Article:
Thursday, May 03, 2018

The Story of the True Cross, by Piero della Francesca

In the mid-15th century, the Italian painter Piero della Francesca (1416-92) did a remarkable series of frecoes in the choir of the Basilica of St Francis in Arezzo, known as The History of the True Cross. Although a few sections of the paintings are completely lost, most of it is in very good condition; the entire cycle was beautifully restored in the 1990s. Arezzo is a lovely city, but it would be worth a visit even if there were nothing else to see there besides these works.

The cycle includes not only St Helena’s discovery of the Cross, which is traditionally celebrated today, and its recovery in the 7th-century, which is celebrated on September 14th, but also some of the popular stories collectively known as the Legend of the Cross, as recounted in Bl. Jacopo de Voragine’s Golden Legend and elsewhere. It has to be said that some of these stories stretch the bounds of credibility well past the breaking point, a fact of which Bl. Jacopo was quite aware. In his account of today’s feast, he refers several times to conflicting accounts in the histories to which he had access. The stories are not depicted in order within the choir itself; I will give them here in the chronological order of the legend. You can click the images to enlarge them.

The first panel (right wall at the top) depicts the death of Adam, the elderly man lying on the ground on the right, with Eve supporting him from behind. His son Seth receives from the Archangel Michael a branch from the Tree of Life in the Garden of Paradise, which he plants in his dead father’s mouth (at the bottom, to the left of the tree.) From this branch grows the tree which will become the wood of the Cross. (The depiction of a skull at the base of Christ’s Cross derives from this legend.)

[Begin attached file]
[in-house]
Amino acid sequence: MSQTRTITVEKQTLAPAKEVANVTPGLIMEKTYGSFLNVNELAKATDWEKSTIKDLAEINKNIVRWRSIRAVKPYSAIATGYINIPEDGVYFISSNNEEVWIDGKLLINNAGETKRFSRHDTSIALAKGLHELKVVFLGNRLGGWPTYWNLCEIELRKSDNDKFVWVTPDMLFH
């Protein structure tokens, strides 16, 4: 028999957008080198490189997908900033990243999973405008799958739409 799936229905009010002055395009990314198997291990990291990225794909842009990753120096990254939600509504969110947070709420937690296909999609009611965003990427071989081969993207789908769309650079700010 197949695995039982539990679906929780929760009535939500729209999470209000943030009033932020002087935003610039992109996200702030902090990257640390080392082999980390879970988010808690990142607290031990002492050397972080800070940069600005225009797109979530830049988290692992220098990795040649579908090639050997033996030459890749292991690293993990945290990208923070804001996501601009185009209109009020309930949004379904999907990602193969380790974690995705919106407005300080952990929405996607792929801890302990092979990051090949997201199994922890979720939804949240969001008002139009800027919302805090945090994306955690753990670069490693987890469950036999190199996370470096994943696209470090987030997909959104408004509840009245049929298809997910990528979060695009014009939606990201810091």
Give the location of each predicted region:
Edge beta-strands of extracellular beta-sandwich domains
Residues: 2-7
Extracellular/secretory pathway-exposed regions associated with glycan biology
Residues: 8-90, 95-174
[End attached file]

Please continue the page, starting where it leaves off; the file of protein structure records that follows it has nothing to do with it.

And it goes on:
Second panel, below the first - The tree lives until the time of Solomon, when it is cut down and part of it used to make a bridge. When the Queen of Sheba comes to visit Solomon, she recognizes it as coming from the Tree of Life, and kneels before it. On the right, she meets Solomon and his court, and bows before him. One version of the story adds that she had webbed feet, which were made normal by touching the wood. (Piero della Francesca’s mastery of the art of perspective is seen very nicely in the horse on the far left. His habit of depicting people in unusual hats, which he shares with a number of his Tuscan contemporaries, comes from seeing the delegates of the Eastern churches to the Council of Florence, which concluded shortly before he began this project.)
The third panel is to the left of the one above, on the back wall; Solomon has the wood from the bridge buried. (Piero does not depict the story of how the wood was then recovered and used to make the Cross of Christ.)
In the fourth panel just below it, the story moves forward to Constantine; an angel appears to him in a dream as he sleeps in his tent, the night before the great battle which will make him master of the Roman Empire, leading to his conversion. The angel bears a small Cross in his hand, a very subtle depiction of the In hoc signo vinces episode. (Piero has here done a very skillful depiction of a night scene, which most artists of the Renaissance shy away from.)
Returning to the right wall, to the right of the panel above, Constantine defeats Maxentius at the Battle of the Milvian Bridge, another tour-de-force of perspective, but sadly also the most damaged of the frescoes.